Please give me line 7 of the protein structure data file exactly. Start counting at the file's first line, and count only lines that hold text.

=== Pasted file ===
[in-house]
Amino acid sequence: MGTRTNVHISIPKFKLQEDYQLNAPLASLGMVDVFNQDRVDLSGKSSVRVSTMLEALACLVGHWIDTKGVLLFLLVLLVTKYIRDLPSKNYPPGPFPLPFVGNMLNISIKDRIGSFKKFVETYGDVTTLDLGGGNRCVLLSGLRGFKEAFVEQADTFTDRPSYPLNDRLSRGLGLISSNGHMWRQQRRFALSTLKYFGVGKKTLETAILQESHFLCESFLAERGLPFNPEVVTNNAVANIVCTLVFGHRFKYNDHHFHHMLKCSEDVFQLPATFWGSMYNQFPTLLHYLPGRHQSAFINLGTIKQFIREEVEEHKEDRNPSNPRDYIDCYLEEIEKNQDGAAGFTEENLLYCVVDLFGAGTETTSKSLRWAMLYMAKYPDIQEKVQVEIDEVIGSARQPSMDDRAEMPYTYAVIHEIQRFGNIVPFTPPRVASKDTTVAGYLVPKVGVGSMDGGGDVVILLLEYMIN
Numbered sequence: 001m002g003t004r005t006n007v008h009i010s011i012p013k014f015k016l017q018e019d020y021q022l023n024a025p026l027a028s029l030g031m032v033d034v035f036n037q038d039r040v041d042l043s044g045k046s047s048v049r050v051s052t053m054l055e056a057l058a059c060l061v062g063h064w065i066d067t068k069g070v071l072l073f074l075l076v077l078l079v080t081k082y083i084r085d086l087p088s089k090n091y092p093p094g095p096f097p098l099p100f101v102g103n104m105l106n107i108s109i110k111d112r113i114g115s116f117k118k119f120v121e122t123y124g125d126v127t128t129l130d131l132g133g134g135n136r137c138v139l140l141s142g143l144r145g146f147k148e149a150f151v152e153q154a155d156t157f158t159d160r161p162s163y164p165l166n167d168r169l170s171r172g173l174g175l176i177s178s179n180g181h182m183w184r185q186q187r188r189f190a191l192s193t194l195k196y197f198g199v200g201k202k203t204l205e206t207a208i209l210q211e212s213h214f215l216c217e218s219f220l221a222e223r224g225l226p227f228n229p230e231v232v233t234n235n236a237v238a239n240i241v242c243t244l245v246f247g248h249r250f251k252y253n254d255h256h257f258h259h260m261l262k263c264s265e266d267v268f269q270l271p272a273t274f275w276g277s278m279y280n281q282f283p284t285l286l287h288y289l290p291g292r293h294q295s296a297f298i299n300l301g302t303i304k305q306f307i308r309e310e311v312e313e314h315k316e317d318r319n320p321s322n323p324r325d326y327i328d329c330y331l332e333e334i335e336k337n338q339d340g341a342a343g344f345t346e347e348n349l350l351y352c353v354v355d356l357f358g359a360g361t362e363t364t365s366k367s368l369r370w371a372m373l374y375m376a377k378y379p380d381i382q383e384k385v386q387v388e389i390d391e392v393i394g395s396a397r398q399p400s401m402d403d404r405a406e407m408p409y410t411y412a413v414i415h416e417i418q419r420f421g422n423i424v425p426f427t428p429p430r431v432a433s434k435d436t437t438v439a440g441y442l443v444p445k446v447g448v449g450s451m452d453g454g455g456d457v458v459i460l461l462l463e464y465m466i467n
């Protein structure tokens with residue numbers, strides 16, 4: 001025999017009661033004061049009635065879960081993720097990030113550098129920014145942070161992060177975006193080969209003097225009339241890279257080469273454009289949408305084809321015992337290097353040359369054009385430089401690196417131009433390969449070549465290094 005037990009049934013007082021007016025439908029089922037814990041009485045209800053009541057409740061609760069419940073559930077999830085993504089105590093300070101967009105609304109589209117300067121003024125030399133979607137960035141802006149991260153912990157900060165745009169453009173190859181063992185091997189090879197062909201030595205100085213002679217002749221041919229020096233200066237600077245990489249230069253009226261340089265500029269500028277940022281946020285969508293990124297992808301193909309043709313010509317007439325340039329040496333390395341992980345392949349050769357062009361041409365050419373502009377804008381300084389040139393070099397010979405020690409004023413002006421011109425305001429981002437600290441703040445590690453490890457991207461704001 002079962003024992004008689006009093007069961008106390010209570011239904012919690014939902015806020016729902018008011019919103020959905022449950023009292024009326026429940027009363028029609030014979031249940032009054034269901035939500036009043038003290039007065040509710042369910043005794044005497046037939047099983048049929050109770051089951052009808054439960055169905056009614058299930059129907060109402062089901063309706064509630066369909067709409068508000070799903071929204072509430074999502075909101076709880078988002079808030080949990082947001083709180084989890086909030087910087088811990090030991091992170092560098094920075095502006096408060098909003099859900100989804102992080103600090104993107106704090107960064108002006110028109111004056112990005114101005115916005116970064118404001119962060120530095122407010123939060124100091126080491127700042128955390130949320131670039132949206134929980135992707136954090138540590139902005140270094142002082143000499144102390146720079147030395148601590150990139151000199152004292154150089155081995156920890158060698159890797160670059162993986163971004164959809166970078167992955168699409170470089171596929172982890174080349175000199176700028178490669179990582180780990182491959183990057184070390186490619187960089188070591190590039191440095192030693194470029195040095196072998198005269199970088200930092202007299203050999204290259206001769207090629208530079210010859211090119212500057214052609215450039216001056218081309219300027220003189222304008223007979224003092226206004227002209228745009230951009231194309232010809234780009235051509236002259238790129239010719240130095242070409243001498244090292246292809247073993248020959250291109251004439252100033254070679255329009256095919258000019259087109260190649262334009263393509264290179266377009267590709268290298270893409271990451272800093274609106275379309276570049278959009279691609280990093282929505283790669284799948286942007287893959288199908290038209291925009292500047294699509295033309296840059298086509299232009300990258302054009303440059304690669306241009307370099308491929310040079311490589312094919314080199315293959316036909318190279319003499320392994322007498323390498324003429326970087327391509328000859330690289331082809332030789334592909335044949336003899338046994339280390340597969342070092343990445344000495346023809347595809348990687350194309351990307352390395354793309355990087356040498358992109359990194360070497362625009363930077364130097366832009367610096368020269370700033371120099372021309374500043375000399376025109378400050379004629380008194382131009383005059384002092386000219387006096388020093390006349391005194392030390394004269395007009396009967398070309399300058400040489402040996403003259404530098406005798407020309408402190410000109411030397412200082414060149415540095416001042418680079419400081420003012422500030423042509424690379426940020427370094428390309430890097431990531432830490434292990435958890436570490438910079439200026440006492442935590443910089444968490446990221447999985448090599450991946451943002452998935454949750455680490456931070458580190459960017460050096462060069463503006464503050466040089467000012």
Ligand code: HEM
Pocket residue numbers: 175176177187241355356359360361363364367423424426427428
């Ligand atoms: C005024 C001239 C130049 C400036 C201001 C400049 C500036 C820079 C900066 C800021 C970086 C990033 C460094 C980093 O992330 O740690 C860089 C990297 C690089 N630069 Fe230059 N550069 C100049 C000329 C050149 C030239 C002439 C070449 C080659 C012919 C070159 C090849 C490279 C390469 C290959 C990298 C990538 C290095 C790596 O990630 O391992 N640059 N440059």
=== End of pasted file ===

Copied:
């Ligand atoms: C005024 C001239 C130049 C400036 C201001 C400049 C500036 C820079 C900066 C800021 C970086 C990033 C460094 C980093 O992330 O740690 C860089 C990297 C690089 N630069 Fe230059 N550069 C100049 C000329 C050149 C030239 C002439 C070449 C080659 C012919 C070159 C090849 C490279 C390469 C290959 C990298 C990538 C290095 C790596 O990630 O391992 N640059 N440059």